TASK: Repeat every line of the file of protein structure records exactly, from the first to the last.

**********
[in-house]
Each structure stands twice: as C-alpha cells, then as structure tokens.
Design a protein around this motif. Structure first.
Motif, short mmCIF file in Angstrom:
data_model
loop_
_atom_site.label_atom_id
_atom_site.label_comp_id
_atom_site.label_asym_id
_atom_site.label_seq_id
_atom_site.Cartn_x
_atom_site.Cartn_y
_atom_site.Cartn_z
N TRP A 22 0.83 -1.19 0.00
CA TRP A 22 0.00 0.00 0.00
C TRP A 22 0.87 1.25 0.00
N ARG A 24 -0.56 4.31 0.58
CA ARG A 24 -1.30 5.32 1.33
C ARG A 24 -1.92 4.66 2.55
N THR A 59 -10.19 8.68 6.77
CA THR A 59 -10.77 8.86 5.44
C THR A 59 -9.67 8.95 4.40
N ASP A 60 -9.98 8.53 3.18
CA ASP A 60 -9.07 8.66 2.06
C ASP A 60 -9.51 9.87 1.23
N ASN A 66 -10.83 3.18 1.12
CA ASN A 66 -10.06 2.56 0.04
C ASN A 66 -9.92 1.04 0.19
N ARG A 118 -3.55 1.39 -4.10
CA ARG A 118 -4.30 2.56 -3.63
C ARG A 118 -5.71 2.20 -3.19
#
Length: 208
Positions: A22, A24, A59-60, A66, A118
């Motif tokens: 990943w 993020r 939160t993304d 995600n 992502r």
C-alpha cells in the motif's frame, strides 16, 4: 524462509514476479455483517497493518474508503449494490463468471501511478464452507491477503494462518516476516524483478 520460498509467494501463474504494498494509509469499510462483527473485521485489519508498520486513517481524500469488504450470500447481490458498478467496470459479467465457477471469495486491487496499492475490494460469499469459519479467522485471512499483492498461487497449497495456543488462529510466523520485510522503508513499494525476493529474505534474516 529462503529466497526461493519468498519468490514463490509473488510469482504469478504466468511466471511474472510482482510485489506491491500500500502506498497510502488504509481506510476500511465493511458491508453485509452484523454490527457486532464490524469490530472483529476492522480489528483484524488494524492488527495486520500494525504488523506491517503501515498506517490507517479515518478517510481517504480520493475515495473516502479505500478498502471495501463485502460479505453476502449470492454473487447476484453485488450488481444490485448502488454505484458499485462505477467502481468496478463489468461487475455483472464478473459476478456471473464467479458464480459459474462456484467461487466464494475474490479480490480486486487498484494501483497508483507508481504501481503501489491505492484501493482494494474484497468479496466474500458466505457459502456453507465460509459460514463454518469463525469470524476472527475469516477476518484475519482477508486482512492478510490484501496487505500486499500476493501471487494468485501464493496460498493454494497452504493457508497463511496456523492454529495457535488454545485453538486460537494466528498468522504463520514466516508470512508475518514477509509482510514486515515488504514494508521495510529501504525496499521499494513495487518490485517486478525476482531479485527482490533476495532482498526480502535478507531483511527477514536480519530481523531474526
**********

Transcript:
[in-house]
Each structure stands twice: as C-alpha cells, then as structure tokens.
Design a protein around this motif. Structure first.
Motif, short mmCIF file in Angstrom:
data_model
loop_
_atom_site.label_atom_id
_atom_site.label_comp_id
_atom_site.label_asym_id
_atom_site.label_seq_id
_atom_site.Cartn_x
_atom_site.Cartn_y
_atom_site.Cartn_z
N TRP A 22 0.83 -1.19 0.00
CA TRP A 22 0.00 0.00 0.00
C TRP A 22 0.87 1.25 0.00
N ARG A 24 -0.56 4.31 0.58
CA ARG A 24 -1.30 5.32 1.33
C ARG A 24 -1.92 4.66 2.55
N THR A 59 -10.19 8.68 6.77
CA THR A 59 -10.77 8.86 5.44
C THR A 59 -9.67 8.95 4.40
N ASP A 60 -9.98 8.53 3.18
CA ASP A 60 -9.07 8.66 2.06
C ASP A 60 -9.51 9.87 1.23
N ASN A 66 -10.83 3.18 1.12
CA ASN A 66 -10.06 2.56 0.04
C ASN A 66 -9.92 1.04 0.19
N ARG A 118 -3.55 1.39 -4.10
CA ARG A 118 -4.30 2.56 -3.63
C ARG A 118 -5.71 2.20 -3.19
#
Length: 208
Positions: A22, A24, A59-60, A66, A118
């Motif tokens: 990943w 993020r 939160t993304d 995600n 992502r």
C-alpha cells in the motif's frame, strides 16, 4: 524462509514476479455483517497493518474508503449494490463468471501511478464452507491477503494462518516476516524483478 520460498509467494501463474504494498494509509469499510462483527473485521485489519508498520486513517481524500469488504450470500447481490458498478467496470459479467465457477471469495486491487496499492475490494460469499469459519479467522485471512499483492498461487497449497495456543488462529510466523520485510522503508513499494525476493529474505534474516 529462503529466497526461493519468498519468490514463490509473488510469482504469478504466468511466471511474472510482482510485489506491491500500500502506498497510502488504509481506510476500511465493511458491508453485509452484523454490527457486532464490524469490530472483529476492522480489528483484524488494524492488527495486520500494525504488523506491517503501515498506517490507517479515518478517510481517504480520493475515495473516502479505500478498502471495501463485502460479505453476502449470492454473487447476484453485488450488481444490485448502488454505484458499485462505477467502481468496478463489468461487475455483472464478473459476478456471473464467479458464480459459474462456484467461487466464494475474490479480490480486486487498484494501483497508483507508481504501481503501489491505492484501493482494494474484497468479496466474500458466505457459502456453507465460509459460514463454518469463525469470524476472527475469516477476518484475519482477508486482512492478510490484501496487505500486499500476493501471487494468485501464493496460498493454494497452504493457508497463511496456523492454529495457535488454545485453538486460537494466528498468522504463520514466516508470512508475518514477509509482510514486515515488504514494508521495510529501504525496499521499494513495487518490485517486478525476482531479485527482490533476495532482498526480502535478507531483511527477514536480519530481523531474526